Every Pitch is a Stage, Every Match a Performance

Every Pitch is a Stage, Every Match a Performance
January 14, 2019 Chris Rowland
In Subscribers Only, Talking Point


by David Fitzgerald (TTT Subscriber Madchenkliop).

The pitch is a stage OR ethereal rhythms OR professionalism vs inspiration OR picking up the rhythm in a vacuum OR let’s all give some love to Naby Keita

(Warning!  I deliberately mix my metaphors between music and football in this piece!)

It’s the big one, the gig of your life. It’s a bit traumatic – a bit like being born. You step out onto the stage and are met by a crackle of anticipation from the heaving crowd, (if you’re lucky enough to have one!). Your senses are hit by a surge of sensation.

– Your eyes must adjust – from the claustrophobic closeness and lighting of the dressing room and corridors, to leap hundreds of feet to the extremity of the venue and all the countless variations in depth perception (down to the length of the blades of grass! 😉 ). You must acclimatise to the dazzle of floodlights and spot lights; the variations from one venue to another can be a whole sub-plot in itself.  Sometimes you can’t see the people – only hear them.  Sometimes you don’t want to!

– Sound: From being accustomed to the controlled environment of a practice room or pitch where your hearing is acute enough to sense the approach of an electric car, it’s suddenly like Waterloo station. From delighting in the perfection of a situation where you’re riding on the clear rhythm of the other players, you’re hearing so many unfamiliar sounds that confuse your ability to locate yourself, (not to mention the problem of people sneaking up behind you). In a musical gig it can be so bad that you have to rely on sight to pick up the rhythms and harmonies of other band members (imagine an away fixture at Red Star Belgrade). Of course, a lot of the time you can hear, but even then, especially if you are not doing it regularly, subtle differences and unfamiliar sounds can be impossibly distracting or hard to block out.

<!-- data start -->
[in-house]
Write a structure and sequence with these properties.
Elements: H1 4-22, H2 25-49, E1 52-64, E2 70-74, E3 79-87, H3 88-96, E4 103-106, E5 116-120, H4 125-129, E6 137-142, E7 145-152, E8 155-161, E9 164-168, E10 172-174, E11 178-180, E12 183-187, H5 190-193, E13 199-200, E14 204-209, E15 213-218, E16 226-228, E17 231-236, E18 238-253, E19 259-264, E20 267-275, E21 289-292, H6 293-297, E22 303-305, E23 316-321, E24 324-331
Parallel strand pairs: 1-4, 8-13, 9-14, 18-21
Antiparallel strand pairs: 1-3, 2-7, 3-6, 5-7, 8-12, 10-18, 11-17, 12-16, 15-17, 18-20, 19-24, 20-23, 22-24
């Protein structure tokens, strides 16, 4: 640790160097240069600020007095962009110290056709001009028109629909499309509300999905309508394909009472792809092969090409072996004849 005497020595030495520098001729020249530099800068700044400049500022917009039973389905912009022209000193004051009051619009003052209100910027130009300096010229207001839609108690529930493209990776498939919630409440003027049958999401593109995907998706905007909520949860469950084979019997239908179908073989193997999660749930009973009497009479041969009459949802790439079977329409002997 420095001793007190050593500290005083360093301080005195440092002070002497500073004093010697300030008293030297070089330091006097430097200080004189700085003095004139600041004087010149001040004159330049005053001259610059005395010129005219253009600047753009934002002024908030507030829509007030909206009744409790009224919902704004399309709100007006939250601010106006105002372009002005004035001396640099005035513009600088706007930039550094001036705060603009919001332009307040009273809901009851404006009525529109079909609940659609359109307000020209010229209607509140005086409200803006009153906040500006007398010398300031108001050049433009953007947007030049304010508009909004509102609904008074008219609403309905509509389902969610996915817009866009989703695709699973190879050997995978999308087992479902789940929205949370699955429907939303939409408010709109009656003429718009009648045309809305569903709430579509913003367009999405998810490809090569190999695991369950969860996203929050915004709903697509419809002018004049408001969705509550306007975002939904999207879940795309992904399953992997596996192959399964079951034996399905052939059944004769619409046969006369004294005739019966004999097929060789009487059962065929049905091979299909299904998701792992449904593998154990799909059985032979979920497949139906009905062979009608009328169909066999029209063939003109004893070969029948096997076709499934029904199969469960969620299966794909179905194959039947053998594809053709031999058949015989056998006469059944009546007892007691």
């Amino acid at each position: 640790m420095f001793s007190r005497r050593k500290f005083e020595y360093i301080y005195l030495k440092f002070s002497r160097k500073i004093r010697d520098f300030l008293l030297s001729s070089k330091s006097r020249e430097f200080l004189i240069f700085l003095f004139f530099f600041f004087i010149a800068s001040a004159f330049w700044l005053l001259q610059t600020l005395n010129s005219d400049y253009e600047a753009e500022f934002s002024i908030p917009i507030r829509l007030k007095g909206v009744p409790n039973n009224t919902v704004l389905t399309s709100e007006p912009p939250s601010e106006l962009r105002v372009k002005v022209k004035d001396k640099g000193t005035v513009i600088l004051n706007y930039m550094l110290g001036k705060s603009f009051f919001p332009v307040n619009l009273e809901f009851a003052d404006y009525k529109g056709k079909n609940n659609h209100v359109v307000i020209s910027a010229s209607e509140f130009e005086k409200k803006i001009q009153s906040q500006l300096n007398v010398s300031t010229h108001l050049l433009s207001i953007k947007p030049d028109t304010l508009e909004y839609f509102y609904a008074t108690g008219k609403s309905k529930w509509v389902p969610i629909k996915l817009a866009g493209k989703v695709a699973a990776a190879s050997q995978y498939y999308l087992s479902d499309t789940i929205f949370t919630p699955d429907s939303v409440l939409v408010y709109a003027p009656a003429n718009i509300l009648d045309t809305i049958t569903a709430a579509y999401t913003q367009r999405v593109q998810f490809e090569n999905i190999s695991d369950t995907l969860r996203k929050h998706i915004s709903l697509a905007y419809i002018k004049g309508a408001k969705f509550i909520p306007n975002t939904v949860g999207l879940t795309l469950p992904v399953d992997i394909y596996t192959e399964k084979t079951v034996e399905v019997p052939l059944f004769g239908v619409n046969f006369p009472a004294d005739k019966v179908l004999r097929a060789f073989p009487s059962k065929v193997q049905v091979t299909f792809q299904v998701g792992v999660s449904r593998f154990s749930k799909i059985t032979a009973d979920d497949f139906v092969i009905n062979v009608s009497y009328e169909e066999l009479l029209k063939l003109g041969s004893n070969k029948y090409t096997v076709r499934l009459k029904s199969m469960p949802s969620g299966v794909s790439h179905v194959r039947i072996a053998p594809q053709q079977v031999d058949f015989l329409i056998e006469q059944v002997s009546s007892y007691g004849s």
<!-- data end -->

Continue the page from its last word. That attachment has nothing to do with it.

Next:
– Touch and smell – your stomach brain reacts with heightened urgency to little details without you even consciously knowing it. Your bodily rhythms, the temperature, the way your clothes feel, the smell of your teammates’ sweat (another thing possibly overlooked, except not by Troy Deeney!); all have tiny effects on your performance. God only knows your digestive system can take on a life of its own. I’ll never forget (or stop laughing at!) the plight of one lead singer who had to rush to the toilet literally the moment we were about to step on stage.

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